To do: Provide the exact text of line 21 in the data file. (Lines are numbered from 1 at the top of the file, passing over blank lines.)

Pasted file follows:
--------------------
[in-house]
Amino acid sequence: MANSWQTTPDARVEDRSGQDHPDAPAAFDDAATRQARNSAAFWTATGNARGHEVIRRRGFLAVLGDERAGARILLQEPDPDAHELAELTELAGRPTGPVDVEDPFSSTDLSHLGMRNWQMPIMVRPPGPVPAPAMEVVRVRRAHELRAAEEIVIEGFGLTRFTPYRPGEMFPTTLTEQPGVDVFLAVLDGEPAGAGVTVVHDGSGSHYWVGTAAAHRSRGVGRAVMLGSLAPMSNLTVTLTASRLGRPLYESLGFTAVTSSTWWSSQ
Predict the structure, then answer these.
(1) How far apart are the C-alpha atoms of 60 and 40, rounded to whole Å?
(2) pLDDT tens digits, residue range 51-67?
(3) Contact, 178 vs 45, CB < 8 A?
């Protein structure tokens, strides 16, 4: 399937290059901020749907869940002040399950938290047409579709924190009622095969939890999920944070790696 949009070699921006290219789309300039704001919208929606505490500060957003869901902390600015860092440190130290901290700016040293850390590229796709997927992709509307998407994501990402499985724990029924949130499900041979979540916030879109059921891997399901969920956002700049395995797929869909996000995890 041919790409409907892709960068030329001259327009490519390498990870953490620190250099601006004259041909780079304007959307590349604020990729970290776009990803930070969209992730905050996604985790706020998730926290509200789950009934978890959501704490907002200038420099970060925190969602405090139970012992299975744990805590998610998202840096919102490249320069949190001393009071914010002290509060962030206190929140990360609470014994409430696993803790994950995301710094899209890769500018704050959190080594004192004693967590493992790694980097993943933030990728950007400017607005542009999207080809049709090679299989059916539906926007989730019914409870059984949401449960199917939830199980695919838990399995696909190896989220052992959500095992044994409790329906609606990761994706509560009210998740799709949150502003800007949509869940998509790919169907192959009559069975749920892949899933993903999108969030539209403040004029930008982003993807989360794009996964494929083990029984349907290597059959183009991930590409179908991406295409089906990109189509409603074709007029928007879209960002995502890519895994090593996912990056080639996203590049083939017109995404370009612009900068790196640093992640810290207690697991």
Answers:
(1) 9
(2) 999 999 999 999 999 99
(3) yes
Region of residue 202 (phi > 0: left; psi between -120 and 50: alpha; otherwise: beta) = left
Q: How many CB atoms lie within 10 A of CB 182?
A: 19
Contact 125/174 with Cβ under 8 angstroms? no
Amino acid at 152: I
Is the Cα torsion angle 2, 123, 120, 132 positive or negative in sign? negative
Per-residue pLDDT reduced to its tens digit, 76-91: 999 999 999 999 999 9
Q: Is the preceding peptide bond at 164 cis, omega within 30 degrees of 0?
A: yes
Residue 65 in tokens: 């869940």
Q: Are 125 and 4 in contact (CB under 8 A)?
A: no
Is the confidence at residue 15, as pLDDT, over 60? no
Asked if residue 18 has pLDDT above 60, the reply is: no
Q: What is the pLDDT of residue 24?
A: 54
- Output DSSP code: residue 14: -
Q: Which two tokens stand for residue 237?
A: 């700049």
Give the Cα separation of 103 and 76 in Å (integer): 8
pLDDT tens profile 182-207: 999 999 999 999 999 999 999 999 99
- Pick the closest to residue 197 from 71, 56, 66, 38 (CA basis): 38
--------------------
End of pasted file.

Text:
Residue 65 in tokens: 């869940």